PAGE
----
Many First Nations communities will die out within a few generations, in terms of registered Indians. Because of intermarriage, some communities will see their last status Indian born as soon as 2012.
By: Nicholas Keung
Leaning against a creamy white war monument on the 1,200-hectare Alderville First Nation reserve north of Cobourg, Wayne Beaver wonders how long his ancestors' land will remain in his people's hands.
They've survived decimation by disease and discrimination, but now Canada's native people are facing what Beaver calls "a legislated extinction of status Indians."
Statistics that show the self-identified aboriginal population is growing fast – a 45 per cent jump over 10 years to 1.2 million – can be deceiving, said Beaver. Under Canadian law, those who "count" are "status Indians" – a group strictly defined by the Indian Act.
Many First Nations communities will die out within a few generations, in terms of registered Indians. That's because the "two-generation cut-off" created when the Indian Act was revised in 1985 stipulates only children born of two Indian status parents inherit status. Because of intermarriage, some communities will see their last status Indian born as soon as 2012.
"Status matters, because all our funding is tied to how many status Indians we have in our nation," said Beaver, 69, whose 1,000-member community expects to see its last status Indians born in 2032.
"What happens to the land when there is no more (status) Indians? The reserve would be returned to ... the federal government. Eventually, we will lose our land and everything that we call ours now."
Bill C-31 was passed in response to a formal censure by the United Nations, which decried the old law's practice of discriminating against Indian women: Women lost their status when they married a non-status person. Men did not.
But instead of opening the doors to the non-status partners of aboriginal women – a move that would have hugely increased Ottawa's financial obligations – the amendments ensured that men and women suffered equal losses.
The new law extended Indian status and its accompanying rights, benefits and services – such as tax immunity, health benefits and reserve housing – to just one more generation by creating two classes of "status Indians": the 6(1) Indian who has two status parents, and the 6(2), who was born in a union of a status person with a non-status person. If a 6(2) marries a non-status spouse, their children are deemed to be non-status.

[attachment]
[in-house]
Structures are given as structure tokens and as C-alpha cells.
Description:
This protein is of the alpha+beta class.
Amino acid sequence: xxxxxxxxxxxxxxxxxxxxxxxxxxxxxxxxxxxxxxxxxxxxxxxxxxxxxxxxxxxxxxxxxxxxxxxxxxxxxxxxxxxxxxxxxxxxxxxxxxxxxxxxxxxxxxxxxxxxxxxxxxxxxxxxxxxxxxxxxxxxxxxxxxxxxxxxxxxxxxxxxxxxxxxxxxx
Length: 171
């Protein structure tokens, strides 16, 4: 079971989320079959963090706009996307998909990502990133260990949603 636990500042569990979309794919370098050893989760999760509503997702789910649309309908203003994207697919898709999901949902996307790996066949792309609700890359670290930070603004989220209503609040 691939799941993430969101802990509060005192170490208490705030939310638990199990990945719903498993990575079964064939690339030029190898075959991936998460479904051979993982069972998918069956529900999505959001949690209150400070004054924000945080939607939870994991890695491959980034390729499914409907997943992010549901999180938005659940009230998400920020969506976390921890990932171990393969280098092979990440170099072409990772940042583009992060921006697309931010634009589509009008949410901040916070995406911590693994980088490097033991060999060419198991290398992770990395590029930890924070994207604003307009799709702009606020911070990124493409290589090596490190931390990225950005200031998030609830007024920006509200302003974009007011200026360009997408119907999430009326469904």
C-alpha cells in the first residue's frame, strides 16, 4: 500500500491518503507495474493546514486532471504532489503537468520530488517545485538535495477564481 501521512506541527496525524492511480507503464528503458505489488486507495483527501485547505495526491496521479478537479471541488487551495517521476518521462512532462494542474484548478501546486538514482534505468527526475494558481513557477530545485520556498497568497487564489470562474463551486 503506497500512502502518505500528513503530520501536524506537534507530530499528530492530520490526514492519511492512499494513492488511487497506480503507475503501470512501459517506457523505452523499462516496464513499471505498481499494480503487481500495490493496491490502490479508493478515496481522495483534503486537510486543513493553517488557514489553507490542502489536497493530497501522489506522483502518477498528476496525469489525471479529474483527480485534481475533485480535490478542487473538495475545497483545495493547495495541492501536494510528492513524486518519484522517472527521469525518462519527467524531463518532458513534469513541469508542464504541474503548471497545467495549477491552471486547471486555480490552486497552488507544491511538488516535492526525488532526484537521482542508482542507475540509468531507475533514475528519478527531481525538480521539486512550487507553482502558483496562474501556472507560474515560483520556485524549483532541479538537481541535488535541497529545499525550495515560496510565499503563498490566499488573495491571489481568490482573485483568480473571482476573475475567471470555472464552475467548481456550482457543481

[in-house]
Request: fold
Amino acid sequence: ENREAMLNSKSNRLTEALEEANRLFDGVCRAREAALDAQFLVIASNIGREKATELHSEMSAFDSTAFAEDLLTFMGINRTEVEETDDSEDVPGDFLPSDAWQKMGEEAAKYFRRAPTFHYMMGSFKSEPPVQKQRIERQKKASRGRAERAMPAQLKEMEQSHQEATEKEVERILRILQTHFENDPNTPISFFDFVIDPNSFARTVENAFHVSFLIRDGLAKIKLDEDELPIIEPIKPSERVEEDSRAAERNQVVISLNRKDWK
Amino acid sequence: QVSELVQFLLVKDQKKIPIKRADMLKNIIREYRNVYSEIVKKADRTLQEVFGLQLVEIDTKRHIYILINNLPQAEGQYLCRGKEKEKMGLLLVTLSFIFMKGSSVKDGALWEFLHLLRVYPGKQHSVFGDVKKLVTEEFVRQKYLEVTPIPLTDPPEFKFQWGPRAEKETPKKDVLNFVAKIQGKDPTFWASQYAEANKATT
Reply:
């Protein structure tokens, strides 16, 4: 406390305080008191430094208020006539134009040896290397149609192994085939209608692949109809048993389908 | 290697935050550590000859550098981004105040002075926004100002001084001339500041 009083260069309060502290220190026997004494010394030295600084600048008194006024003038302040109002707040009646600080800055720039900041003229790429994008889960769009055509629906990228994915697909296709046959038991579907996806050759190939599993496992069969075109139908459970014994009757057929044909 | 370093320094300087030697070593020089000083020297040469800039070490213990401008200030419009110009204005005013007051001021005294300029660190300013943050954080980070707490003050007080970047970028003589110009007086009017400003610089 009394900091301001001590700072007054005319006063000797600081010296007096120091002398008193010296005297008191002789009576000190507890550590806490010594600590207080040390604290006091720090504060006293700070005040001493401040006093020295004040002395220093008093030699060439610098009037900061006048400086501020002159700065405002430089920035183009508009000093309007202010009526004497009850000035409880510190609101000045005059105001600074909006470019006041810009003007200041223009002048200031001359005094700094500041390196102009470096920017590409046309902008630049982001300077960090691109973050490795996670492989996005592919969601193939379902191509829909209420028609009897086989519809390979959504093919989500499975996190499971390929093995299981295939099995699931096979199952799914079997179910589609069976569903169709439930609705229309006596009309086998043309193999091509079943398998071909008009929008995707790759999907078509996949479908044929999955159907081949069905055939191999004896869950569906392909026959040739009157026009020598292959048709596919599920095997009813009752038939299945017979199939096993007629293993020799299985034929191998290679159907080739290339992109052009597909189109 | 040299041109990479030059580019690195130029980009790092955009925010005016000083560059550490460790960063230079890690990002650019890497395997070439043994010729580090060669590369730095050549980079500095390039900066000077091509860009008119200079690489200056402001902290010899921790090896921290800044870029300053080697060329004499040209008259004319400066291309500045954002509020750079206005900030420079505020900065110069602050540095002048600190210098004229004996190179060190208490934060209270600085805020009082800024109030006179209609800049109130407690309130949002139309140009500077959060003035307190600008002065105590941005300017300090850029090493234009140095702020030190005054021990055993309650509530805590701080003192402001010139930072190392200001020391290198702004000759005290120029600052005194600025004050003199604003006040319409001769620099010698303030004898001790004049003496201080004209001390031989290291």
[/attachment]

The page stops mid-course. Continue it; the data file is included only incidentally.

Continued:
The result, warns Six Nations Chief Bill Montour, could be "the biggest land grab of the century."
Last May, the Anishinabek Nation Grand Council, which represents 47,000 people from 42 nations, appointed Jeannette Corbiere Lavell as its first citizenship commissioner to help establish and define the Nation's own form of citizenship and issue its own citizenship cards, among other things.
"I can think of no other issue as crucial for our future or as fundamental to our Nation as citizenship," Grand Council Chief John Beaucage said at the time. " It is not my (government-issued) status card that tells me I am Anishinabe. The legacy of my forefathers, and my connections with my family, my community and my nation, tell me who I am."
Corbiere Lavell, 66, lost her status as a citizen of the Wikwemikong Unceded Indian reserve when she married David Lavell in 1970. Three years later, she led a Supreme Court challenge of the status determination system, but it failed.
At a recent community consultation in Toronto, Corbiere Lavell showed photos of her children and grandchildren to illustrate how the system divides her own family. "Three of my five grandchildren do not have legal rights to be members of my community," she said.
Since 2001, the Assembly of First Nations has passed five resolutions calling on Ottawa to recognize the authority of First Nations to determine citizenship and status. In 2005, it signed an accord with Ottawa for the recognition and implementation of First Nation governments; it includes issues concerning First Nations identity.
Meanwhile, individuals affected by the two-generation cut-off are suing. In April, in the case of Sharon McIvor and her son Charles Grismer, the British Columbia Court of Appeal ruled the Indian Act violates the Charter of Rights and ordered Ottawa to amend the act within a year. The government has 60 days to seek leave to appeal to the Supreme Court.
Kelly LaRocca, of the Mississaugas of Scugog Island First Nation has followed the citizenship issue closely. The 33-year-old lawyer, a registered "6(2)" Indian with a native mother and an Italian father, is married to a non-status man. Her future children won't have status.
"My mom married my dad and lost her status (before 1985). It made some of the community members view her differently. She lost her rights. She was not entitled to hold property on the reserve and sometimes treated as an outsider.
"I don't like that prospect for my future children. ...
"However ... my mother was Anishinabe-qwe (woman) and she raised me in an Anishinabe way. I, too, will raise my future children as Anishinabe people."